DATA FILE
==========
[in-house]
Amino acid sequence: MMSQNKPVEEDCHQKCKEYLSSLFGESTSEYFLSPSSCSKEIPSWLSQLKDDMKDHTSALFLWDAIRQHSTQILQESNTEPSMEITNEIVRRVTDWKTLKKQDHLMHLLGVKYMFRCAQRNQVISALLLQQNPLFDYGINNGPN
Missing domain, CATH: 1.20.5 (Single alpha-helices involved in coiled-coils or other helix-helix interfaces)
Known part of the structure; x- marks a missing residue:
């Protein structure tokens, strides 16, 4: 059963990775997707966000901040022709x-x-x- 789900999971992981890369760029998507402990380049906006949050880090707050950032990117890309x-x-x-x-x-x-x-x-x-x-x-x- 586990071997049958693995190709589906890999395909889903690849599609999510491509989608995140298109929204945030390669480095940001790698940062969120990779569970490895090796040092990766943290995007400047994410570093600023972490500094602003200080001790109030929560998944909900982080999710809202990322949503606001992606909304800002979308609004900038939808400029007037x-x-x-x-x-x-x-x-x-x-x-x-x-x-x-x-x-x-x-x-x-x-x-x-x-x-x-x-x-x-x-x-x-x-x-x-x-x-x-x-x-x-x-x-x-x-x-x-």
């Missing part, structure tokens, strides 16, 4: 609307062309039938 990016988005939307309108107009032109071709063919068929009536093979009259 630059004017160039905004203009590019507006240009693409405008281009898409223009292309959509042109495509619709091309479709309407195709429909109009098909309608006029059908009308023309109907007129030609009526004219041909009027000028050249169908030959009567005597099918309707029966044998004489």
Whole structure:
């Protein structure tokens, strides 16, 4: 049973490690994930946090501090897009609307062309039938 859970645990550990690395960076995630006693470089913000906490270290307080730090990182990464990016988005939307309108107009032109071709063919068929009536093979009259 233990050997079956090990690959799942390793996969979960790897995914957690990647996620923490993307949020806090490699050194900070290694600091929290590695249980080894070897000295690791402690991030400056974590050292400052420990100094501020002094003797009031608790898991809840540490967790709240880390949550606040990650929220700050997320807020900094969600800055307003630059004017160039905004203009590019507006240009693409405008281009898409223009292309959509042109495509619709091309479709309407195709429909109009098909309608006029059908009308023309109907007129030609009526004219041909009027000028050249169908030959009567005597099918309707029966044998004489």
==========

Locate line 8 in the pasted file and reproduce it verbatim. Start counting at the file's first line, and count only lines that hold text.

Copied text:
């Protein structure tokens, strides 16, 4: 049973490690994930946090501090897009609307062309039938 859970645990550990690395960076995630006693470089913000906490270290307080730090990182990464990016988005939307309108107009032109071709063919068929009536093979009259 233990050997079956090990690959799942390793996969979960790897995914957690990647996620923490993307949020806090490699050194900070290694600091929290590695249980080894070897000295690791402690991030400056974590050292400052420990100094501020002094003797009031608790898991809840540490967790709240880390949550606040990650929220700050997320807020900094969600800055307003630059004017160039905004203009590019507006240009693409405008281009898409223009292309959509042109495509619709091309479709309407195709429909109009098909309608006029059908009308023309109907007129030609009526004219041909009027000028050249169908030959009567005597099918309707029966044998004489």